Growing up, my siblings and I had the coolest kid’s table ever. The table itself was nothing fancy, but the memories are unforgettable. There were 4 stools, and the stools and table had a white hard-plastic surface that nothing would stick to. At that table, we ate, we played, we laughed, but most of all we created. My mom was an art teacher, and her creativity was unmatched. Somehow she managed to come up with projects that all three of us at different ages could accomplish. We colored, painted, glued, and constructed masterpieces. Sadly, we all grew up and eventually didn’t fit anymore, but the table lived on. It eventually made its way into my mom’s art studio where it continued fostering the creativity of her littlest students for 10 years. Now, this table, a little worse for wear, is at the center of a very busy basement where my 2 beautiful nieces and newest nephew spend their cold or rainy days…being kids.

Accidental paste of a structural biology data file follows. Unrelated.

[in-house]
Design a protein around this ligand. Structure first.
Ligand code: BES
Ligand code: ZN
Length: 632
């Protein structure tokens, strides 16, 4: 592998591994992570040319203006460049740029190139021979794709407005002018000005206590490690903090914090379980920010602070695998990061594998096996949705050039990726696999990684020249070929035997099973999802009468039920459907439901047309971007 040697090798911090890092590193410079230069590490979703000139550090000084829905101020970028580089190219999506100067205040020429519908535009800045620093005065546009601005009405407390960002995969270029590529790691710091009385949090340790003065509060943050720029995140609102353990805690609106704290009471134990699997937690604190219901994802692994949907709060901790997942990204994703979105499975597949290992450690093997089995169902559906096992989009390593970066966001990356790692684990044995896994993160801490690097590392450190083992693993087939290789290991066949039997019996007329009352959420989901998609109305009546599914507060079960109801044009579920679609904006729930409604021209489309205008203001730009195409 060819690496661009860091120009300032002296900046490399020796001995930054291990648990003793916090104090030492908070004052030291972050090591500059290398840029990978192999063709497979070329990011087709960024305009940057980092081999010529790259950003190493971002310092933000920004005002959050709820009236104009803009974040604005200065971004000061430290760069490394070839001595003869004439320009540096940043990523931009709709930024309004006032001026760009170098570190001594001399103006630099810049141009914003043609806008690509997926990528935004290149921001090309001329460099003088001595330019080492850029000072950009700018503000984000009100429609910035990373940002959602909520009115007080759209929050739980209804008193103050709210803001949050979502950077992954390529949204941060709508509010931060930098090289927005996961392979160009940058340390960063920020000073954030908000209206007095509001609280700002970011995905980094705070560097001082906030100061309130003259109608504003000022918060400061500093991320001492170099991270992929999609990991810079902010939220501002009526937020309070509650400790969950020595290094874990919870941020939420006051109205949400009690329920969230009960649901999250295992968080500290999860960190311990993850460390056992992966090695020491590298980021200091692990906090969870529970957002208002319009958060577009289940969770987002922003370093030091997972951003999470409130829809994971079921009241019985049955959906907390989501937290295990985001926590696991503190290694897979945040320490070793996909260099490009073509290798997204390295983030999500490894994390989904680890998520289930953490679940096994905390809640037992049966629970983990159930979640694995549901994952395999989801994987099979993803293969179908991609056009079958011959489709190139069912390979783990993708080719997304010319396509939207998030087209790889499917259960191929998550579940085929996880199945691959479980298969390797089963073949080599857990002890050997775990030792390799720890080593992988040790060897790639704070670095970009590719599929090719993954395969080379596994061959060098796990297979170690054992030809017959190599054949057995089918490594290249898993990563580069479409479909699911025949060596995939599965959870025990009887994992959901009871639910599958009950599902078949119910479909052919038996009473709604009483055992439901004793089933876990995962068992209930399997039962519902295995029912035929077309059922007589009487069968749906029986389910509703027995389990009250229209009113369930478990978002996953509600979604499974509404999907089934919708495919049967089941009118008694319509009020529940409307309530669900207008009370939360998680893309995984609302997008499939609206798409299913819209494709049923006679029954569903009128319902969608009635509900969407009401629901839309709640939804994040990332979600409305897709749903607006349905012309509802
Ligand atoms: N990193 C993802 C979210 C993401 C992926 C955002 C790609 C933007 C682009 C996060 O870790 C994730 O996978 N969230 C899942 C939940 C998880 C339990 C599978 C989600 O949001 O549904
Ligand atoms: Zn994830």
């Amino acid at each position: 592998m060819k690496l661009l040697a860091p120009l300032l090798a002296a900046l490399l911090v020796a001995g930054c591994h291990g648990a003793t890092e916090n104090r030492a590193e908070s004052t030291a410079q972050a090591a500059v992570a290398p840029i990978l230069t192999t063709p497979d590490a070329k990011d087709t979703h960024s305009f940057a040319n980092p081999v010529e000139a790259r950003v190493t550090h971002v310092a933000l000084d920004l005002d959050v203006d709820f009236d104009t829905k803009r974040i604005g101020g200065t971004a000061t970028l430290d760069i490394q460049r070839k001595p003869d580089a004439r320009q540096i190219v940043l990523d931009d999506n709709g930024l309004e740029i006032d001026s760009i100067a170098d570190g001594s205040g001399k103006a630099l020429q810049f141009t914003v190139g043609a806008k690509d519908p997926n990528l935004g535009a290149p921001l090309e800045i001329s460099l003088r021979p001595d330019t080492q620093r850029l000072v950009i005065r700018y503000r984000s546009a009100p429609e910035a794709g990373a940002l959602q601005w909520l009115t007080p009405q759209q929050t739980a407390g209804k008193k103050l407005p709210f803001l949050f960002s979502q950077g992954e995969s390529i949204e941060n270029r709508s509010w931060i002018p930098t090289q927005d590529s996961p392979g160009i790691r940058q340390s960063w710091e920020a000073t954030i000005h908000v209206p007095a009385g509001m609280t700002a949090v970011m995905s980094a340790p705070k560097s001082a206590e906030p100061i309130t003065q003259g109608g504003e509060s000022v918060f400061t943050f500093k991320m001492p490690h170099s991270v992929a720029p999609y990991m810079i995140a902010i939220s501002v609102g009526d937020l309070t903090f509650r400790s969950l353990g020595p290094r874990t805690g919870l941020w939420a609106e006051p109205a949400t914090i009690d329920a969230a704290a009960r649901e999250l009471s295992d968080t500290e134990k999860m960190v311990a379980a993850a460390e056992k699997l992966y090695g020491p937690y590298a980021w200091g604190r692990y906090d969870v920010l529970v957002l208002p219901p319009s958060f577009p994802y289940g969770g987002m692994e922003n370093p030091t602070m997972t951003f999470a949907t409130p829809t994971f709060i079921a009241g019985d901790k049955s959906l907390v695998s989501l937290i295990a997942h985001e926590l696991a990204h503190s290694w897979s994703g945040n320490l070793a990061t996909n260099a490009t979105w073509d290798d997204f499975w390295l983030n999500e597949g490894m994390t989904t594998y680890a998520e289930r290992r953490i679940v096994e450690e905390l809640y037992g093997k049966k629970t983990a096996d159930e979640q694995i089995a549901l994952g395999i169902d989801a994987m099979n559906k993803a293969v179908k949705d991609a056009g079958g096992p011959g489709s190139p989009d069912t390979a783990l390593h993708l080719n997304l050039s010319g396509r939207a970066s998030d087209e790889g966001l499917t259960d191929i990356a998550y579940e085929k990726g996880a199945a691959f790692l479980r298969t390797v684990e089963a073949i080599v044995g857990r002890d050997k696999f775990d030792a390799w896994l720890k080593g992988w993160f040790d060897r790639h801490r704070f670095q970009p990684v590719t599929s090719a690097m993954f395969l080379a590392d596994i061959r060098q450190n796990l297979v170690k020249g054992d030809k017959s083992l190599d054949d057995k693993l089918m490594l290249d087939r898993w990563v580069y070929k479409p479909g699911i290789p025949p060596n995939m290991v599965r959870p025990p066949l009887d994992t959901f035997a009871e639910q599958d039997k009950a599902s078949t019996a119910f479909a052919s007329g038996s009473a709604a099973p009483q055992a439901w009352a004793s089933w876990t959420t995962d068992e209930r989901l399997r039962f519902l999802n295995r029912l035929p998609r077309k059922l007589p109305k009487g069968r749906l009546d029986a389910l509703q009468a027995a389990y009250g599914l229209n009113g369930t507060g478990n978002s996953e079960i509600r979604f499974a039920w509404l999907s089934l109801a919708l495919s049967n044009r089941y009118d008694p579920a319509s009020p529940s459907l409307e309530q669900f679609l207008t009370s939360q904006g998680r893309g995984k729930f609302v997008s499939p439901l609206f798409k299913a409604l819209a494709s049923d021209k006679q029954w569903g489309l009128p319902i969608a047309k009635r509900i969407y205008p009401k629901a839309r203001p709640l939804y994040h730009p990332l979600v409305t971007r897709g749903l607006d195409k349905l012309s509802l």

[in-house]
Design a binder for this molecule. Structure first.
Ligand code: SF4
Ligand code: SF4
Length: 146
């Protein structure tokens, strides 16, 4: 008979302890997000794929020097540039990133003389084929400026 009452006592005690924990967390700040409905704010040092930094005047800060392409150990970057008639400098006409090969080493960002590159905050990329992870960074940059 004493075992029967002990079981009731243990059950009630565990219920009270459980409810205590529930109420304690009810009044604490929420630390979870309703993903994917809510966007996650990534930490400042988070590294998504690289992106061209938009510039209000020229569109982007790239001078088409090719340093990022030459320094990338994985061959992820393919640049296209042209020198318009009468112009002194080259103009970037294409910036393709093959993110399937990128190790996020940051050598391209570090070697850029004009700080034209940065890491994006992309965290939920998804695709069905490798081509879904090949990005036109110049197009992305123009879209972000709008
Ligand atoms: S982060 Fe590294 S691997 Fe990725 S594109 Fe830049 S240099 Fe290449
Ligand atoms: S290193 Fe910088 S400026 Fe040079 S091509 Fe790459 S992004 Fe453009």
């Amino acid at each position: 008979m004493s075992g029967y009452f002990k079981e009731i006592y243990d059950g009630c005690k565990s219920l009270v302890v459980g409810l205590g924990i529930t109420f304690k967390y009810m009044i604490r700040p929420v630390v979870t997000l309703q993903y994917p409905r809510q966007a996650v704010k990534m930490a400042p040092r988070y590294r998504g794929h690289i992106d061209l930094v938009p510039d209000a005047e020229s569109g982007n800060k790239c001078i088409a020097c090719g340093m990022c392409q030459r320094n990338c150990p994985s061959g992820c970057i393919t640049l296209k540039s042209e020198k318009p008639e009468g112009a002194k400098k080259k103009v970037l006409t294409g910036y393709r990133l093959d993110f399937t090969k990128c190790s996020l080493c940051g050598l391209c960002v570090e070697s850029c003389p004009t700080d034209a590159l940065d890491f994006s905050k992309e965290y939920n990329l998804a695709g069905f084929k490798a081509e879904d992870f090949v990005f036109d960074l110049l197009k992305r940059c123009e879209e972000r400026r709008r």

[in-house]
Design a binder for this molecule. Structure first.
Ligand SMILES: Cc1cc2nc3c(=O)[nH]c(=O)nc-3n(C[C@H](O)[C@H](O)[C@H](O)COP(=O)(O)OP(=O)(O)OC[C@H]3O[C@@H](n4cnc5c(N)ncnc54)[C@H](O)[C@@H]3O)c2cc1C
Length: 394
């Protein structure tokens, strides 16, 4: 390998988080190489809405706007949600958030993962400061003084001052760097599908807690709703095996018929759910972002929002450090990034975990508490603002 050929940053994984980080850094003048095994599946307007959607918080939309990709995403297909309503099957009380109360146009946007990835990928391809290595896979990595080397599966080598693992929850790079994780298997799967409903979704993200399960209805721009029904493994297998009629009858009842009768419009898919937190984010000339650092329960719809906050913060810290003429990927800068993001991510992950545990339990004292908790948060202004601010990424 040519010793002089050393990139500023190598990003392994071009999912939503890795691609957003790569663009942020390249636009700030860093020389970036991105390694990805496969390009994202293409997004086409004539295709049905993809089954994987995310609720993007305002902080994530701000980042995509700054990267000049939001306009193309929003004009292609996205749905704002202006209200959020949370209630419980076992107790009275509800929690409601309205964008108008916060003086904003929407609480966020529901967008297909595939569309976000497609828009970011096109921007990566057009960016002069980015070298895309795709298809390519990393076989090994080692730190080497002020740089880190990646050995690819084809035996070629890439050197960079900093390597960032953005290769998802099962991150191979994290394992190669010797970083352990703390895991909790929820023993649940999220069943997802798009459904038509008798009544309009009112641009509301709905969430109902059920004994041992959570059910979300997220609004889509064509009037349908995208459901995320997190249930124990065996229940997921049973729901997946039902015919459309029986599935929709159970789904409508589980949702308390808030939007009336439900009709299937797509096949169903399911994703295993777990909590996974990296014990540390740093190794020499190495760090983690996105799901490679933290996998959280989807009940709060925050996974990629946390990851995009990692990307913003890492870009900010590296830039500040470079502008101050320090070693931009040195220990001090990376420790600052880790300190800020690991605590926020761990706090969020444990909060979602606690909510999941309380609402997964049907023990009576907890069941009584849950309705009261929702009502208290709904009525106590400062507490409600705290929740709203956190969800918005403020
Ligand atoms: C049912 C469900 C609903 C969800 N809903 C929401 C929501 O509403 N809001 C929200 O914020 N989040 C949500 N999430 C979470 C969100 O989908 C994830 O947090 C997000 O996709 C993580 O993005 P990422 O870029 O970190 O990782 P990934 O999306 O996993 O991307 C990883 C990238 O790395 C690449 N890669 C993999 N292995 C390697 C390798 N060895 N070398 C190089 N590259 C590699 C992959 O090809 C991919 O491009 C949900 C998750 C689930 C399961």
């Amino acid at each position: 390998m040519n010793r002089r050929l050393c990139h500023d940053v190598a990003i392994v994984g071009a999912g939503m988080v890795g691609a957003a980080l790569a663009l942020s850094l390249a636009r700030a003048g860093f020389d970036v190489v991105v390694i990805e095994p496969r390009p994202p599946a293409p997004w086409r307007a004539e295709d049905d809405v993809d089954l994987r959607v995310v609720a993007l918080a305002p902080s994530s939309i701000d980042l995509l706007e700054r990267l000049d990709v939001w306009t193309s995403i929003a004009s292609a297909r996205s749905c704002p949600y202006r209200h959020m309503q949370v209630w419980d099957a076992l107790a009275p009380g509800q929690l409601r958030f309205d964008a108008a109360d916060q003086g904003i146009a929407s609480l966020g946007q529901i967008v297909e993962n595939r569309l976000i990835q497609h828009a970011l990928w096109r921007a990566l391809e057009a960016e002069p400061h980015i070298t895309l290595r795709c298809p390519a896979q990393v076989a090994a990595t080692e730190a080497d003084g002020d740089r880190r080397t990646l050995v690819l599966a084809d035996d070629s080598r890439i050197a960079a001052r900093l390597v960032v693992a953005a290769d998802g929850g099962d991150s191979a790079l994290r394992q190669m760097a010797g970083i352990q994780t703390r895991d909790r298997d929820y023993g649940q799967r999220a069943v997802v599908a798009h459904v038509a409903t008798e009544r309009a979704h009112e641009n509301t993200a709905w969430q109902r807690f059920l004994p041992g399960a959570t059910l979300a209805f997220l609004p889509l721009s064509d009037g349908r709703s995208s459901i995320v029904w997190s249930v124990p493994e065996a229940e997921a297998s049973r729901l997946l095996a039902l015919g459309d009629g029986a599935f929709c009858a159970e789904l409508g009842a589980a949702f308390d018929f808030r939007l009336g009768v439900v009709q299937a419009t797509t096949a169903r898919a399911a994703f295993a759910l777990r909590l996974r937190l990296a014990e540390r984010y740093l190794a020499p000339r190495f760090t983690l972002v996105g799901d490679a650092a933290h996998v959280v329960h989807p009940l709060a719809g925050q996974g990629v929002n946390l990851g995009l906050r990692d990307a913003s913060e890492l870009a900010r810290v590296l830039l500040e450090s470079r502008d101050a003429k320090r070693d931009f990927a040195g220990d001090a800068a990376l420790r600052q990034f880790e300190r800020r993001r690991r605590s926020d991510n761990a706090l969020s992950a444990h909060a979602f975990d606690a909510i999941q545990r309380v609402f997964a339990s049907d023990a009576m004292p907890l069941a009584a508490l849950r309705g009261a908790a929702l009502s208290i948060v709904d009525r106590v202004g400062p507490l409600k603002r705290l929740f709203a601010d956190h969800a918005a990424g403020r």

I wanted to build a table for my kids that would withstand the torture and abuse and allow them to just be kids much like the one I grew up with. Anticipating that our kids would likely color on the table whether or not the surface was washable, I figured I might as well just make it a chalkboard. They’ll be able to draw roads for racing cars, and train tracks for playing trains, or maybe even a battlefield for toy soldiers. I want to encourage them to use their creativity and imagination, and I figured a chalkboard top was a perfect way. My original plans included stools instead of chairs with pullout drawers, but at my wife’s request, I went with chairs. I’m absolutely in LOVE with the chairs!!! It’s harder to fall out of, but more importantly….little chairs are ADORABLE!!! I asked my son what colors he wanted for the chairs. At first, I was on board. “Red, blue, green, yellow…”, but then I lost him, “…brown, purple, pink…”. I decided to stick with his first 4 choices. I also left the chair seat and back in natural wood realizing they would get plenty of wear, and I didn’t want the paint to rub off over time. I finished up the table late one evening, set it up in the family room, and I couldn’t wait to see how they interacted with it the next day. Within 5 minutes of all kids being downstairs, the daughter was literally on the table laughing and waving his arms, and the son was trying to get in one of the chairs. It melted my heart.

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